Published when he was into his mid-sixties, “Sailing to Byzantium” expresses William Butler Yeats’s discomfort at his advancing age and his yearning for a spiritual realm (symbolized in the poem by the city of Byzantium or Constantinople, today’s Istanbul) that would take him from the “place” where thoughtless and sensual youth (no longer available to him) was all that mattered, and that would enable him to transcend his failing body:
That is no country for old men. The young
In one another’s arms, birds in the trees
- Those dying generations – at their song,
The salmon-falls, the mackerel-crowded seas,
Fish, flesh, or fowl, commend all summer long
Whatever is begotten, born, and dies.
Caught in that sensual music all neglect
Monuments of unageing intellect.
An aged man is but a paltry thing,
A tattered coat upon a stick, unless
Soul clap its hands and sing, and louder sing
For every tatter in its mortal dress,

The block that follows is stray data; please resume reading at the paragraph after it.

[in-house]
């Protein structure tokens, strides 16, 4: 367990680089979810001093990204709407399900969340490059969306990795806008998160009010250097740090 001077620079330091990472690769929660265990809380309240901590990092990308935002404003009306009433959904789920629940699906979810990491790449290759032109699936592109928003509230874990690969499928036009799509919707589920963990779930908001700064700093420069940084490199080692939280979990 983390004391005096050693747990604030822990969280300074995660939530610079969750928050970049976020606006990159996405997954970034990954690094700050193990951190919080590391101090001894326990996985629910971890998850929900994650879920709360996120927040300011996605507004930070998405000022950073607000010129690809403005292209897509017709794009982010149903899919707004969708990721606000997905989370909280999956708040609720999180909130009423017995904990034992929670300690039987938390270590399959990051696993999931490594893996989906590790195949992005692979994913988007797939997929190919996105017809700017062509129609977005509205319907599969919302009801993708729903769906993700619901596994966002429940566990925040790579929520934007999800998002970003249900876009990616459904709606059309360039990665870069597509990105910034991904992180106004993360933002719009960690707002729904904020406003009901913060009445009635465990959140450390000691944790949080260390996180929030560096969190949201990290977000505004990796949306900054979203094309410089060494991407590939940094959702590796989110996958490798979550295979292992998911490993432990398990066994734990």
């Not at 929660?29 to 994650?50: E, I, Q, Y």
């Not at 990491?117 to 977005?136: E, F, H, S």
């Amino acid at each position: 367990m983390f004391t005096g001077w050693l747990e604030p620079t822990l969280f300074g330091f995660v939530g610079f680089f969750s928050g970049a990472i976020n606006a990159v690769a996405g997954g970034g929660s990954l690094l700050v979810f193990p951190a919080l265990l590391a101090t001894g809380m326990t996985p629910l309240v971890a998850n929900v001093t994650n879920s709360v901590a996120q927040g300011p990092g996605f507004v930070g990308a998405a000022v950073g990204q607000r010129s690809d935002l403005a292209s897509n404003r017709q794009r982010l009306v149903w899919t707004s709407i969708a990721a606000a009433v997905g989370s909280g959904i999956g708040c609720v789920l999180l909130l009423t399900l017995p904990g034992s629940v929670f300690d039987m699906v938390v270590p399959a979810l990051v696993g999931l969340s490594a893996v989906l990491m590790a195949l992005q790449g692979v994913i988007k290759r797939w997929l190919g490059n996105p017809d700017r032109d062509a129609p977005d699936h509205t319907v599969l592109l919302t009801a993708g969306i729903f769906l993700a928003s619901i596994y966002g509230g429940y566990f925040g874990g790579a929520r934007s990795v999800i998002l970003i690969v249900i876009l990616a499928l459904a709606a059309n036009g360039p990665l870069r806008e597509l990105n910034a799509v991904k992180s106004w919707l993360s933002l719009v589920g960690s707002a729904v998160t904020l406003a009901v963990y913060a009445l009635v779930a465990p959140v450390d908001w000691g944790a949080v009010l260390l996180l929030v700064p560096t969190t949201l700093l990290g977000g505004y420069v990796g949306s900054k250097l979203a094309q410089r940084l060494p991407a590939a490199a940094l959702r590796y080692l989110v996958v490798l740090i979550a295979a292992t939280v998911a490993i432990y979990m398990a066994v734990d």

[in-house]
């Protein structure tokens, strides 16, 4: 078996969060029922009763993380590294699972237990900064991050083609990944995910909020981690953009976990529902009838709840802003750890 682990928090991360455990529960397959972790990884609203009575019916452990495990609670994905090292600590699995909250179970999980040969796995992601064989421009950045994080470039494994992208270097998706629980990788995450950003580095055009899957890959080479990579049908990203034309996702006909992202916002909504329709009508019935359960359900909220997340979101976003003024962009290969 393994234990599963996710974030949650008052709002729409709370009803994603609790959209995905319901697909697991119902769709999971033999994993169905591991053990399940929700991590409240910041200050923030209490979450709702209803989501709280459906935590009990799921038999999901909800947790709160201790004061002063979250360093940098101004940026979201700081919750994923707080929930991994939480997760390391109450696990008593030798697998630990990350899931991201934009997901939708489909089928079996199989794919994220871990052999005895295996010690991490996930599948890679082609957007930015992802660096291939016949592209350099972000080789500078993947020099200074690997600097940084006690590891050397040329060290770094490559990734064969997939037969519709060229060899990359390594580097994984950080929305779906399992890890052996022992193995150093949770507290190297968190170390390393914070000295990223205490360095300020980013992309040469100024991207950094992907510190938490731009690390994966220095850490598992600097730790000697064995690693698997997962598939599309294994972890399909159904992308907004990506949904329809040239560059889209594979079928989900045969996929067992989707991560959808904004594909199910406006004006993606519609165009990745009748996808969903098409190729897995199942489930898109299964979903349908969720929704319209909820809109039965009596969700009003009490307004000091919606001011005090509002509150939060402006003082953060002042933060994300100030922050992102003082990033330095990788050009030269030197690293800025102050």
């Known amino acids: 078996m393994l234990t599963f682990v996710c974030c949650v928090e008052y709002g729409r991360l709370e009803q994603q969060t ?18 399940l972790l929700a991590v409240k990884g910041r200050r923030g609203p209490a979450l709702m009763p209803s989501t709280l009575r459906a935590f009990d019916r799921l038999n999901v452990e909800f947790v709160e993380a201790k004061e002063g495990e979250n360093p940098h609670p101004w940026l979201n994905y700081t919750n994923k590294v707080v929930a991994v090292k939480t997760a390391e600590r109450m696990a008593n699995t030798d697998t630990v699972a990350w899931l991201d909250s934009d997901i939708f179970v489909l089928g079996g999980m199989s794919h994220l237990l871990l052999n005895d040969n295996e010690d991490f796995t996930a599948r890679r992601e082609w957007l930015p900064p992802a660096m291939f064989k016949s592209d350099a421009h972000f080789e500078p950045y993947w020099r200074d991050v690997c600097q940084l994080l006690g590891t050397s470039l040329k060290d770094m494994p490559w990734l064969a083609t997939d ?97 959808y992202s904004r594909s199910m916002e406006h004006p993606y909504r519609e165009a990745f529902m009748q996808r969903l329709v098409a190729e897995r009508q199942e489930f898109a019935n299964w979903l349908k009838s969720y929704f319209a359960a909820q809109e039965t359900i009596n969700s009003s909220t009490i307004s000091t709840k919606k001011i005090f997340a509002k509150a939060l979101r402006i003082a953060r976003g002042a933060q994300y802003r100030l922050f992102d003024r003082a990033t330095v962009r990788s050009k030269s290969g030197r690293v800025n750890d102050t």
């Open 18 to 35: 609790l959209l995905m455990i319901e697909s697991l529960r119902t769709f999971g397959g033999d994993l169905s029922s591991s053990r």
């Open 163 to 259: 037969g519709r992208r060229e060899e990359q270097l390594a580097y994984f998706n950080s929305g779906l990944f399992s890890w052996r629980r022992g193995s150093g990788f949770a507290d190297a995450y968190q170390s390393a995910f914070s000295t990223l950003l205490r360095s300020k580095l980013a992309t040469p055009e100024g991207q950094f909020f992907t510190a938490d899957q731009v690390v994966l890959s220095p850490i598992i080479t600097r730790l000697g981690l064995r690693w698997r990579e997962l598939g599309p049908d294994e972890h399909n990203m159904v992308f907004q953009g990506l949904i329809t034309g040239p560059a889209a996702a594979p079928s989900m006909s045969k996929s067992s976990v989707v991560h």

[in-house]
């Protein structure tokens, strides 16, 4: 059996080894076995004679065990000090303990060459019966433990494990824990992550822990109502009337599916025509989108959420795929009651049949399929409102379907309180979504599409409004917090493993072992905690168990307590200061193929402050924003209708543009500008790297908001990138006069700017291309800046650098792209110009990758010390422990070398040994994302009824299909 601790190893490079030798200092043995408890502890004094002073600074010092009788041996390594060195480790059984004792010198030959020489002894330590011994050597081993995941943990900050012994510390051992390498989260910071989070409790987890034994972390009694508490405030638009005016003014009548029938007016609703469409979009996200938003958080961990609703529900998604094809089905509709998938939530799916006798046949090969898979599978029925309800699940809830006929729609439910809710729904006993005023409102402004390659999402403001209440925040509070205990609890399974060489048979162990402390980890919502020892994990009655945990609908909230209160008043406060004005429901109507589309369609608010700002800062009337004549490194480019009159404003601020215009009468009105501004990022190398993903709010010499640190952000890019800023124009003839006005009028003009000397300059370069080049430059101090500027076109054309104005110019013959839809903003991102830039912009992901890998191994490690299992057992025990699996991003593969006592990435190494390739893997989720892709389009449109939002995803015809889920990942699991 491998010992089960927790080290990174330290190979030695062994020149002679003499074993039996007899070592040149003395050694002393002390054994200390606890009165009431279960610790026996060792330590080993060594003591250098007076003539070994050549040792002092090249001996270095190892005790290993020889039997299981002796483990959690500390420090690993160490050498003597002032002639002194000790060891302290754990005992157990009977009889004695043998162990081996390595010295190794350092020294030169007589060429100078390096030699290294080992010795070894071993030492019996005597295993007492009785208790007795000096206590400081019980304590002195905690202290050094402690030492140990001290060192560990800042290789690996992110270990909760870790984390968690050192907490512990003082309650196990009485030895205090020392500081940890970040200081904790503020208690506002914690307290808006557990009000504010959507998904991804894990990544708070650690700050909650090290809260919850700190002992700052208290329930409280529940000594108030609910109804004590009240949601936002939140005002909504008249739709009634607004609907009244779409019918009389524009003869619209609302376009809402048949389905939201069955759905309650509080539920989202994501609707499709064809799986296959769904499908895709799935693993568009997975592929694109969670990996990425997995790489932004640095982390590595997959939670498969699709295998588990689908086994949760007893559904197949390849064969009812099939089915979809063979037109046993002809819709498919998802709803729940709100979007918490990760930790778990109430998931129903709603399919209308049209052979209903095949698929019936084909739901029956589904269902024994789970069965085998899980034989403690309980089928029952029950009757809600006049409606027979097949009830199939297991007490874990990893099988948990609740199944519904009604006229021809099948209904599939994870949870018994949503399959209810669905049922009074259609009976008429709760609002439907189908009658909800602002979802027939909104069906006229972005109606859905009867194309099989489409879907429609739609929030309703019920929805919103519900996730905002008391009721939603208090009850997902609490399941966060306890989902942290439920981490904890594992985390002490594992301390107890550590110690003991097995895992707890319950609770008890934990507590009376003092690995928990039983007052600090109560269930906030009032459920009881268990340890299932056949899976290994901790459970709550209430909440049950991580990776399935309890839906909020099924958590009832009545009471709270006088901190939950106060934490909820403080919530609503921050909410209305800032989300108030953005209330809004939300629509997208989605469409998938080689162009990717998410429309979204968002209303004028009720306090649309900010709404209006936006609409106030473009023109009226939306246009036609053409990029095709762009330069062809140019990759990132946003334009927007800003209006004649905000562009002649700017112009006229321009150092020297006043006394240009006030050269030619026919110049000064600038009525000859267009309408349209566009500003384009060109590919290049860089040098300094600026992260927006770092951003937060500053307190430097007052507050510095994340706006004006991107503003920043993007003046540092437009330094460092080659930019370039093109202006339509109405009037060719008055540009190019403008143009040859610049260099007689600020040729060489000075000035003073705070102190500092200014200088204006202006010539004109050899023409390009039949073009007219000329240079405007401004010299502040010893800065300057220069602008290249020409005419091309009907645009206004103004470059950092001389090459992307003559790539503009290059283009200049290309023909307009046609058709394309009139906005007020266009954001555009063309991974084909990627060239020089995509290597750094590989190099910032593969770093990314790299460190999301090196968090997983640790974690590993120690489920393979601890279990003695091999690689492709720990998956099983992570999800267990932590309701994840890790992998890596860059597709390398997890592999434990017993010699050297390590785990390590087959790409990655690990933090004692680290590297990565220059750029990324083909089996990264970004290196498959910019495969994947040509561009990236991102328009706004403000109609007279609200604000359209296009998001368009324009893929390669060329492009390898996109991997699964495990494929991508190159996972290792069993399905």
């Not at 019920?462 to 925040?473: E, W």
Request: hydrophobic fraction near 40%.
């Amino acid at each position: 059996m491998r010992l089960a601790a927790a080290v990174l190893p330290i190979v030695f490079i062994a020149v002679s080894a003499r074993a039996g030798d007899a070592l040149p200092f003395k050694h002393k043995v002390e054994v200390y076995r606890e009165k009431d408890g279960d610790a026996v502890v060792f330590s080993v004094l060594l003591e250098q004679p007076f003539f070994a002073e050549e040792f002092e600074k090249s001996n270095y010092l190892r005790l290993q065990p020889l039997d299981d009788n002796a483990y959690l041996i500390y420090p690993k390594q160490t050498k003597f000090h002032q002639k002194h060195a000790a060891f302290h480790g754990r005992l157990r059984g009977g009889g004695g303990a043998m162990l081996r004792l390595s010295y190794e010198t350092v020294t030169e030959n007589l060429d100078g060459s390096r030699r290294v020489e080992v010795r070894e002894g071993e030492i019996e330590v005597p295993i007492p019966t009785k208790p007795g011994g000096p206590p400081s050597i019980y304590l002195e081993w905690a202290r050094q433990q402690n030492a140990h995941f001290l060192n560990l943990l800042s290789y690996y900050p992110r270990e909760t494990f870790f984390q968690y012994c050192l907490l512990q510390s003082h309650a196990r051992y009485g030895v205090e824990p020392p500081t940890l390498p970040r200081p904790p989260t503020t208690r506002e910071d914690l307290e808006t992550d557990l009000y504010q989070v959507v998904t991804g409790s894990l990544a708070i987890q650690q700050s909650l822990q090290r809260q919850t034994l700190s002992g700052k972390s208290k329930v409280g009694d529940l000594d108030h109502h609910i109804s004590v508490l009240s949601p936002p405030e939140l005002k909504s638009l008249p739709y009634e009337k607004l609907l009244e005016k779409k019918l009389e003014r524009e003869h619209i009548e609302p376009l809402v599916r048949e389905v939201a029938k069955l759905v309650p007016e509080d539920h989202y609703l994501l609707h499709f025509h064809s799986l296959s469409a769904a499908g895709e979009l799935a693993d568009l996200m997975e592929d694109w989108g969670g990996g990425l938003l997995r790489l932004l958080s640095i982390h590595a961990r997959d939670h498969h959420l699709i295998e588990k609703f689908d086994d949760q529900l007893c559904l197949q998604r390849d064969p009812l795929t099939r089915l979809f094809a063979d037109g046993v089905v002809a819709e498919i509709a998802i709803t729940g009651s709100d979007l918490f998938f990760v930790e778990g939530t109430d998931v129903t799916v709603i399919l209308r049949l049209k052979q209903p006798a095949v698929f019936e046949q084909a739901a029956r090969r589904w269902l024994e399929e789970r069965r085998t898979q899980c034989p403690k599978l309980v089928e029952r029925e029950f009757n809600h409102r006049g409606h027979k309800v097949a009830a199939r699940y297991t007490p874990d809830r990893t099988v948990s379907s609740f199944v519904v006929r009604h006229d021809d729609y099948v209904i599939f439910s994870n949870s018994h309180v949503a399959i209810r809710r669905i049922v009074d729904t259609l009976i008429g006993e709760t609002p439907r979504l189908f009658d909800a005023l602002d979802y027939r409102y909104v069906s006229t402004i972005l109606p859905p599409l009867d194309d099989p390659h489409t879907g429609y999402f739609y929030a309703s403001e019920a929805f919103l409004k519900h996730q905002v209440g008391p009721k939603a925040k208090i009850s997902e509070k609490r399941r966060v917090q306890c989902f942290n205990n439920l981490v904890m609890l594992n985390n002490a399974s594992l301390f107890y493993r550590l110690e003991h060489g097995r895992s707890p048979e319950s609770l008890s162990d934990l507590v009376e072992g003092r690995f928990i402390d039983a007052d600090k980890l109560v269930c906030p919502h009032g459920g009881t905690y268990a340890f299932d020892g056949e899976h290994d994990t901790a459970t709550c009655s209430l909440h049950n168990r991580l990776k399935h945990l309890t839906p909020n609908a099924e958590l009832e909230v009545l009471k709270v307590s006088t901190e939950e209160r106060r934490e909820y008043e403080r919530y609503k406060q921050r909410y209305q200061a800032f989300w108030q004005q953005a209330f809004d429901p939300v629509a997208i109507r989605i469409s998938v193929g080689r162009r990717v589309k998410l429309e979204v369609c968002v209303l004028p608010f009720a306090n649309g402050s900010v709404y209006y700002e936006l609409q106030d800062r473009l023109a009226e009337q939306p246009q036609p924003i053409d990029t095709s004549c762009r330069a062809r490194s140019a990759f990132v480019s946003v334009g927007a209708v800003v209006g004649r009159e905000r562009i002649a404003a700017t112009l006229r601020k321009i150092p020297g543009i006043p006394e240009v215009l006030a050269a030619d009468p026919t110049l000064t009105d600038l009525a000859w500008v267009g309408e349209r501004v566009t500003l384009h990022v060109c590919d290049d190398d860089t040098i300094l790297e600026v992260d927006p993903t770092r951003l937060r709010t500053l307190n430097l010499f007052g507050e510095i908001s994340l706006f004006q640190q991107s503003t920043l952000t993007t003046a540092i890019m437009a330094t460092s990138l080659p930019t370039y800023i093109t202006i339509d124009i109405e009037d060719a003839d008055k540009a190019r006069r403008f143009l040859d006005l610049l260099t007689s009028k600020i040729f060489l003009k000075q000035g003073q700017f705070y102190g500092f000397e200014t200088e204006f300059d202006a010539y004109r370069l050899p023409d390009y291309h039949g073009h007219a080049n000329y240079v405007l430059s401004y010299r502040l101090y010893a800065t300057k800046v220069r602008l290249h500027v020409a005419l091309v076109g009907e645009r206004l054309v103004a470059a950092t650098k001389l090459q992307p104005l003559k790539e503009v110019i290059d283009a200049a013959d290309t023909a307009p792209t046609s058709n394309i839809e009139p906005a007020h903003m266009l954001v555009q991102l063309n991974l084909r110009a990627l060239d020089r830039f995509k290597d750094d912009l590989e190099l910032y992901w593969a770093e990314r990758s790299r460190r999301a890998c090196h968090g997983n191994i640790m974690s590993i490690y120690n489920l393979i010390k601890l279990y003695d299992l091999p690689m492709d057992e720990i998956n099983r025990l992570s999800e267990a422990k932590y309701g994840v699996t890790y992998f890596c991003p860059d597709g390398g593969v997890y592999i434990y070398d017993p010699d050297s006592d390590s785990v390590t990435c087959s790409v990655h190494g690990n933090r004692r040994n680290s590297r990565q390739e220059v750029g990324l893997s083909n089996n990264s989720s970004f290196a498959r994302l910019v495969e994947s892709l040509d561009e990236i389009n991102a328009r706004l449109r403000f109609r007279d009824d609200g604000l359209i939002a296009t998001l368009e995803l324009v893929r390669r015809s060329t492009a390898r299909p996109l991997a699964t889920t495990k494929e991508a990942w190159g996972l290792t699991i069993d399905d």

Nor is there singing school but studying
Monuments of its own magnificence;
And therefore I have sailed the seas and come
To the holy city of Byzantium.
O sages standing in God’s holy fire
As in the gold mosaic of a wall,
Come from the holy fire, perne in a gyre,
And be the singing-masters of my soul.
Consume my heart away; sick with desire
And fastened to a dying animal
It knows not what it is; and gather me
Into the artifice of eternity.
Once out of nature I shall never take
My bodily form from any natural thing,
But such a form as Grecian goldsmiths make
Of hammered gold and gold enamelling
To keep a drowsy Emperor awake;
Or set upon a golden bough to sing
To lords and ladies of Byzantium
Of what is past, or passing, or to come.
I couldn’t help but think of Yeats’s poem while riding the ferry today on the Sea of Marmara, en route back to Istanbul from Bursa by way of Iznik (ancient Nicaea, site of the Nicene Council and source of the Nicene Creed).
Posted from Istanbul, Turkey.